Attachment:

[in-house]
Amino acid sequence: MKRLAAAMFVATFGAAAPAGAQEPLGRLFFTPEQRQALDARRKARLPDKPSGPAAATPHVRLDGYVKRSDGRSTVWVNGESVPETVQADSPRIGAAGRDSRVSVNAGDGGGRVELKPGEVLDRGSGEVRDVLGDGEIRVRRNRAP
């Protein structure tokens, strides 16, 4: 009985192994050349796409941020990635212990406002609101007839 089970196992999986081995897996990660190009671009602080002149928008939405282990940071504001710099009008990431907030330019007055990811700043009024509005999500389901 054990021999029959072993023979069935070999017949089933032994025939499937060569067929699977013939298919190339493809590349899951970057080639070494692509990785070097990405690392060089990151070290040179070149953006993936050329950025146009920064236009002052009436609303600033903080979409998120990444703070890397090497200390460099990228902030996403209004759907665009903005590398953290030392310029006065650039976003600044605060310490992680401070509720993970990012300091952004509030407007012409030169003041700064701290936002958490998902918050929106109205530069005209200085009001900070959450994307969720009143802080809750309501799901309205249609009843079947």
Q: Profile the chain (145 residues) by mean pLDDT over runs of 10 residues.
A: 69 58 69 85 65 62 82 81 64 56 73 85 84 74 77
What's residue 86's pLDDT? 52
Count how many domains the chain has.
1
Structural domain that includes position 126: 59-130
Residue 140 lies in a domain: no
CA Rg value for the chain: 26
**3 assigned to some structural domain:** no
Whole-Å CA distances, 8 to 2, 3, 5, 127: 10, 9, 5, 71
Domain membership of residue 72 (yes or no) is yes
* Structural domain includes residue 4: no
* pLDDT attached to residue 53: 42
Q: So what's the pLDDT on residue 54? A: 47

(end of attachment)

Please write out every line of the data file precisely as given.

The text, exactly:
[in-house]
Amino acid sequence: MKRLAAAMFVATFGAAAPAGAQEPLGRLFFTPEQRQALDARRKARLPDKPSGPAAATPHVRLDGYVKRSDGRSTVWVNGESVPETVQADSPRIGAAGRDSRVSVNAGDGGGRVELKPGEVLDRGSGEVRDVLGDGEIRVRRNRAP
């Protein structure tokens, strides 16, 4: 009985192994050349796409941020990635212990406002609101007839 089970196992999986081995897996990660190009671009602080002149928008939405282990940071504001710099009008990431907030330019007055990811700043009024509005999500389901 054990021999029959072993023979069935070999017949089933032994025939499937060569067929699977013939298919190339493809590349899951970057080639070494692509990785070097990405690392060089990151070290040179070149953006993936050329950025146009920064236009002052009436609303600033903080979409998120990444703070890397090497200390460099990228902030996403209004759907665009903005590398953290030392310029006065650039976003600044605060310490992680401070509720993970990012300091952004509030407007012409030169003041700064701290936002958490998902918050929106109205530069005209200085009001900070959450994307969720009143802080809750309501799901309205249609009843079947």
Q: Profile the chain (145 residues) by mean pLDDT over runs of 10 residues.
A: 69 58 69 85 65 62 82 81 64 56 73 85 84 74 77
What's residue 86's pLDDT? 52
Count how many domains the chain has.
1
Structural domain that includes position 126: 59-130
Residue 140 lies in a domain: no
CA Rg value for the chain: 26
**3 assigned to some structural domain:** no
Whole-Å CA distances, 8 to 2, 3, 5, 127: 10, 9, 5, 71
Domain membership of residue 72 (yes or no) is yes
* Structural domain includes residue 4: no
* pLDDT attached to residue 53: 42
Q: So what's the pLDDT on residue 54? A: 47